[Back to Issue 10 ToC] [Back to Journal Contents] [Back to Biochemistry (Moscow) Home page]

Seed Storage Globulins: Origin and Evolution of Primary and Higher Order Structures

A. S. Rudakova1, A. M. Cherdivară1, K. A. Wilson2, and A. D. Shutov1*

1State University of Moldova, Kishinev, MD-2009, Moldova; fax: 37-322-244-248; E-mail: rud-as@mail.ru; alacherdivara@mail.ru; shutovandrei@yahoo.com

2State University of New York at Binghamton, Binghamton, NY 13902-6000, USA; fax: 607-777-6521; E-mail: kwilson@binghamton.edu

* To whom correspondence should be addressed.

Received April 21, 2015; Revision received June 11, 2015
Legumin and vicilin are two-domain seed storage globulins similar in primary and higher order structures of their domains to single-domain plant germins as well as to the domains of two-domain and single-domain bacterial oxalate decarboxylases. Independent evolutionary pathways have been shown for the descent of the storage globulins and germins from two-domain and single-domain bacterial oxalate decarboxylases, respectively. As compared to vicilins, the primary and tertiary structures of legumins were found to most closely reflect the ancient features characteristic of a common precursor of storage globulins. During the evolution of the storage globulins, a mechanism specifically controlling their degradation has been formed. We found that limited proteolysis of soybean legumin and kidney bean vicilin in germinating seeds and in vitro leads to their regular changes, which initiate an extensive cleavage of storage globulin molecules by the one-by-one mechanism. As also shown, limited proteolysis of soybean legumin loosens the intersubunit interactions in its oligomeric molecule. Based on these data, we hypothesize that the deep one-by-one degradation of soybean legumin is triggered by its dissociation, which bares peptide bonds potentially susceptible to proteolytic attack but are masked in the oligomer.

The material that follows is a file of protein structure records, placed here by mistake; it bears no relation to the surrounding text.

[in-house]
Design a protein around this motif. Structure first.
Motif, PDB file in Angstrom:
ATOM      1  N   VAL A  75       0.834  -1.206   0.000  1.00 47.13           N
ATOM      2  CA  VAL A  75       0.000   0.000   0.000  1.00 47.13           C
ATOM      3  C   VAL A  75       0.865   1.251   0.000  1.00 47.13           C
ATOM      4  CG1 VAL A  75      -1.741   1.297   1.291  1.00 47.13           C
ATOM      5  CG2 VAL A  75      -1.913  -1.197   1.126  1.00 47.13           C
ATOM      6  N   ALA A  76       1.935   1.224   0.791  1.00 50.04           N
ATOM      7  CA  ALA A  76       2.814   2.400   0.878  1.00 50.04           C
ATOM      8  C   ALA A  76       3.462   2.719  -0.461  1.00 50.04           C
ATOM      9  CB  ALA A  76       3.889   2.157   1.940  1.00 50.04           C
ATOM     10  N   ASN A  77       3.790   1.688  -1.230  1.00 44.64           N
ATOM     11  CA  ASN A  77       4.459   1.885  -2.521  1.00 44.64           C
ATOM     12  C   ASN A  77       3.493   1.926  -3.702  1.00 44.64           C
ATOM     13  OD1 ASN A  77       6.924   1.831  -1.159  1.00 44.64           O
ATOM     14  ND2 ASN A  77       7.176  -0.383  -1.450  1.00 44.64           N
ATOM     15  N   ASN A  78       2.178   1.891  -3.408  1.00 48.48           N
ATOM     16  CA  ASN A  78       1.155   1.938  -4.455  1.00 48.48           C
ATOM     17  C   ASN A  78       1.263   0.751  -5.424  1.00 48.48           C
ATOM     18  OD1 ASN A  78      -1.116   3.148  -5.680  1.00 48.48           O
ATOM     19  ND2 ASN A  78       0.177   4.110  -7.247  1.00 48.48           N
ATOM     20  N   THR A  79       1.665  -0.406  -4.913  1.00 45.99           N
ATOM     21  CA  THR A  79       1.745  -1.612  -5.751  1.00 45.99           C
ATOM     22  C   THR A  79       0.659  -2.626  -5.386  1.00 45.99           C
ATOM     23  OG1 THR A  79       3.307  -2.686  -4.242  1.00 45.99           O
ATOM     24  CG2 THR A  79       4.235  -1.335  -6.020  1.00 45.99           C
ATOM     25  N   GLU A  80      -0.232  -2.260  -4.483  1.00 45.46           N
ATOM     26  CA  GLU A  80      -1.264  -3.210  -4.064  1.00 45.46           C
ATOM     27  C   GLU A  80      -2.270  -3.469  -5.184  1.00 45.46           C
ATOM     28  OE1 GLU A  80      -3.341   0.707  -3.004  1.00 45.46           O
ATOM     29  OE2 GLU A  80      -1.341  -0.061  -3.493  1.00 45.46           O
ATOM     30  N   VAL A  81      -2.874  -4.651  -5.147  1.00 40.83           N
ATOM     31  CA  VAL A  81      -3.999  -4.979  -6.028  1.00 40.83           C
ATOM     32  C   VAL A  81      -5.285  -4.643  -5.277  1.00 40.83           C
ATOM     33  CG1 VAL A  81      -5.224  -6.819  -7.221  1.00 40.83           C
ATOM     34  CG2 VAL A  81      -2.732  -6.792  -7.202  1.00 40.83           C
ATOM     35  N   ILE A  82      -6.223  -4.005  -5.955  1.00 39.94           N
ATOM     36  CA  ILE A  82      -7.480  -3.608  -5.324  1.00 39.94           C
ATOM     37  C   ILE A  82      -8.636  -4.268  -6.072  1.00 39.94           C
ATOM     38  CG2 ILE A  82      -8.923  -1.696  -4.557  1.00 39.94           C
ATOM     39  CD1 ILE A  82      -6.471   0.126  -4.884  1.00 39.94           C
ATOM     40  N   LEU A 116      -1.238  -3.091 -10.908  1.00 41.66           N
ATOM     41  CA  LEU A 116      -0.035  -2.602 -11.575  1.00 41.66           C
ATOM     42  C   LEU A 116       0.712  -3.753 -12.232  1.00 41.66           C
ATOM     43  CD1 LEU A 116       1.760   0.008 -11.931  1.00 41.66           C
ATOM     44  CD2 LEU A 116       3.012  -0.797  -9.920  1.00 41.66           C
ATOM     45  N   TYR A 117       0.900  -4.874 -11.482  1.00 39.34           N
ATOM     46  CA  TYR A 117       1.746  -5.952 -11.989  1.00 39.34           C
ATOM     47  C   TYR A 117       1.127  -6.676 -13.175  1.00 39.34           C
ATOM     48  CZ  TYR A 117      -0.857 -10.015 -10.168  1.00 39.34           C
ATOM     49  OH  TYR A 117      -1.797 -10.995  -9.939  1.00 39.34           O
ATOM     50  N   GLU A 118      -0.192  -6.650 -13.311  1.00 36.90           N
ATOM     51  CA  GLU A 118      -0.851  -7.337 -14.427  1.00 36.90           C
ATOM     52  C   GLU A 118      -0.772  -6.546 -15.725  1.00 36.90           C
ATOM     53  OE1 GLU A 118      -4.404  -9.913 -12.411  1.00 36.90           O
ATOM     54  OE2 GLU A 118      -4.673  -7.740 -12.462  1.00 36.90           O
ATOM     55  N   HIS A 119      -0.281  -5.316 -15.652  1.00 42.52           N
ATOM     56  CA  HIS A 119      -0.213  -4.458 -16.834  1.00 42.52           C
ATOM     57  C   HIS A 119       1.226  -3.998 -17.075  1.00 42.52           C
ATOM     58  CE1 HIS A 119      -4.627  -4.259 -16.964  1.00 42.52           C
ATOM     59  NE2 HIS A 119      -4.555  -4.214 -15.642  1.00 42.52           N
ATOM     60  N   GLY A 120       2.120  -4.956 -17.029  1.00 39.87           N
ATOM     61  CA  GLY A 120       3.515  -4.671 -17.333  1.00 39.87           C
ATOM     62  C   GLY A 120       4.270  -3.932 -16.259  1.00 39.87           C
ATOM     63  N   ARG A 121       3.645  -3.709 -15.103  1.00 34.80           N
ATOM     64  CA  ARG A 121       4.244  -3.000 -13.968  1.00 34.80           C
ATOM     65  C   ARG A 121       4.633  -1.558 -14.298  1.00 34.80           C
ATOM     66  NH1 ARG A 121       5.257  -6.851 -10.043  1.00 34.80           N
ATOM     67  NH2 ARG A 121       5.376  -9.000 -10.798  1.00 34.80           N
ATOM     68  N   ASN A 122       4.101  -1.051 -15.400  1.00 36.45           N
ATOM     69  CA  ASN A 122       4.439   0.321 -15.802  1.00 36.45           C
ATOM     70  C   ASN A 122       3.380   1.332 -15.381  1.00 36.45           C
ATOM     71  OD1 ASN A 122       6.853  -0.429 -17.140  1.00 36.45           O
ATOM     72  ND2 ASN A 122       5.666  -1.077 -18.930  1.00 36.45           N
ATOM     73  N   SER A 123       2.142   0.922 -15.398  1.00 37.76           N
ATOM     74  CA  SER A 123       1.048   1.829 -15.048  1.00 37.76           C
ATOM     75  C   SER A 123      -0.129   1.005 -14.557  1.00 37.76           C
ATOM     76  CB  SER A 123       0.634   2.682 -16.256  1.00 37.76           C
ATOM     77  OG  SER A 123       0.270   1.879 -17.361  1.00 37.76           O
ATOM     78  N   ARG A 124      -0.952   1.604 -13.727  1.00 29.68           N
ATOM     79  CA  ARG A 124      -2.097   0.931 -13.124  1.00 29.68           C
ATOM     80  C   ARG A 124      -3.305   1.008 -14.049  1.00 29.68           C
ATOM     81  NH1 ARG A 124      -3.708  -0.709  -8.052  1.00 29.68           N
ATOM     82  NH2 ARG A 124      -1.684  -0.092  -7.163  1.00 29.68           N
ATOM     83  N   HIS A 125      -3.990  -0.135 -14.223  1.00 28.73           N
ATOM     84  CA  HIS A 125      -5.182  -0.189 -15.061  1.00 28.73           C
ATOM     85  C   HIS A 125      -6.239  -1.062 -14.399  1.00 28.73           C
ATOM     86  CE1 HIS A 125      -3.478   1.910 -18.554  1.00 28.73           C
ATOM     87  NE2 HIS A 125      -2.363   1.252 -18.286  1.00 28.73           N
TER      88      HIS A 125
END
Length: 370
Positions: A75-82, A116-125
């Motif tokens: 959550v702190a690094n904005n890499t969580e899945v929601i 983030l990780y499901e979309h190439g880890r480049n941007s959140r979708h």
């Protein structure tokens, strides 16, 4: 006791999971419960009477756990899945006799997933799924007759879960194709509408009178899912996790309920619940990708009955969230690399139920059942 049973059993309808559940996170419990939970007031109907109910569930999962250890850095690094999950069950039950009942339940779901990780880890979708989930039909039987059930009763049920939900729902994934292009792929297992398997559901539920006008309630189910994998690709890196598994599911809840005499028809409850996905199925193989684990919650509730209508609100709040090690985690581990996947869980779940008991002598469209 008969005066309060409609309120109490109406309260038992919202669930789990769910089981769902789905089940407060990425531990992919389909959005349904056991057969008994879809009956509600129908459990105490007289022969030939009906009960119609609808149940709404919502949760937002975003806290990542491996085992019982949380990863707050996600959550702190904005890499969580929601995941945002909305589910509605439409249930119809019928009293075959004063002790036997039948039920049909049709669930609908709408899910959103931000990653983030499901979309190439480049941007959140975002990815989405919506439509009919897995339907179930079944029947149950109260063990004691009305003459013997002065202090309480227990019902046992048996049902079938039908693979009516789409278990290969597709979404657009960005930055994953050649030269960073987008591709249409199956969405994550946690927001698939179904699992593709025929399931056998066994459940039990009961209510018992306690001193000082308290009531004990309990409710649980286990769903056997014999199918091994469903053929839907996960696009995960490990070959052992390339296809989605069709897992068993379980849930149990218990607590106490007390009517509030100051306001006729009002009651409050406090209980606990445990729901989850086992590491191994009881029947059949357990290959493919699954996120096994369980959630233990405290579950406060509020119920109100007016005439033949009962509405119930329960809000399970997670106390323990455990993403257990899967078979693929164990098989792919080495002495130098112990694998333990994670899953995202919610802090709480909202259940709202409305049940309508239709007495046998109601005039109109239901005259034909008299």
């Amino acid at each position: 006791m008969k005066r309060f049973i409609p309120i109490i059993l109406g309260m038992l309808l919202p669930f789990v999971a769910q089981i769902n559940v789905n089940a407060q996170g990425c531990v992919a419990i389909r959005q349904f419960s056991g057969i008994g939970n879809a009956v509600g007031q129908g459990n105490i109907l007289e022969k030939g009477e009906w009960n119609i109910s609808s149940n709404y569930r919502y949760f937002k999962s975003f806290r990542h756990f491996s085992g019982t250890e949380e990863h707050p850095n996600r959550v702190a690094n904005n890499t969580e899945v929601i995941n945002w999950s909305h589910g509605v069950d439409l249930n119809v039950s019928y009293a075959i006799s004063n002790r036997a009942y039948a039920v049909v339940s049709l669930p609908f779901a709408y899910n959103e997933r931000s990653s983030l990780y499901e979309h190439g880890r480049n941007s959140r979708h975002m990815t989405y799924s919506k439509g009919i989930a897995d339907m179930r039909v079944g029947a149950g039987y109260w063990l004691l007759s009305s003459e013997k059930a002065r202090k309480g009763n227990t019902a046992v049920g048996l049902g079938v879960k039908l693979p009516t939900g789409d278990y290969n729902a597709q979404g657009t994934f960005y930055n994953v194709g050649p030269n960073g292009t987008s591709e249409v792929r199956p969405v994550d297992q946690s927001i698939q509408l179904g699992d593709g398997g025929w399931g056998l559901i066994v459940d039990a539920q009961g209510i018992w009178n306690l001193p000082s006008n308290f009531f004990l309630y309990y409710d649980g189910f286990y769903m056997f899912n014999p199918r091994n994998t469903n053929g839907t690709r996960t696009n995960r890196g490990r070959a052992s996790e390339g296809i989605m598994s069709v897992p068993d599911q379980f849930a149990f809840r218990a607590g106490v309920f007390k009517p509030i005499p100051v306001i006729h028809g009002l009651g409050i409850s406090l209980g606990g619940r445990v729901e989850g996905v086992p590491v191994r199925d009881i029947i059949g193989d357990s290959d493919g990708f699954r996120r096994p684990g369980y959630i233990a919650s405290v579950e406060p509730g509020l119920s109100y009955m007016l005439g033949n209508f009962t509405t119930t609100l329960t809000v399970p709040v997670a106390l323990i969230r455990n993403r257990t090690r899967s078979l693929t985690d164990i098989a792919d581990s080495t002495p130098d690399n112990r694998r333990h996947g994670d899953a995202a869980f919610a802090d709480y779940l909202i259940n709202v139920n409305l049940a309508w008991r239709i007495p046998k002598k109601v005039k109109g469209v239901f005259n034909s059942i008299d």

KEY WORDS: seed storage globulins, germins, oxalate decarboxylases, tertiary structure, evolution, proteolysis

DOI: 10.1134/S000629791510017X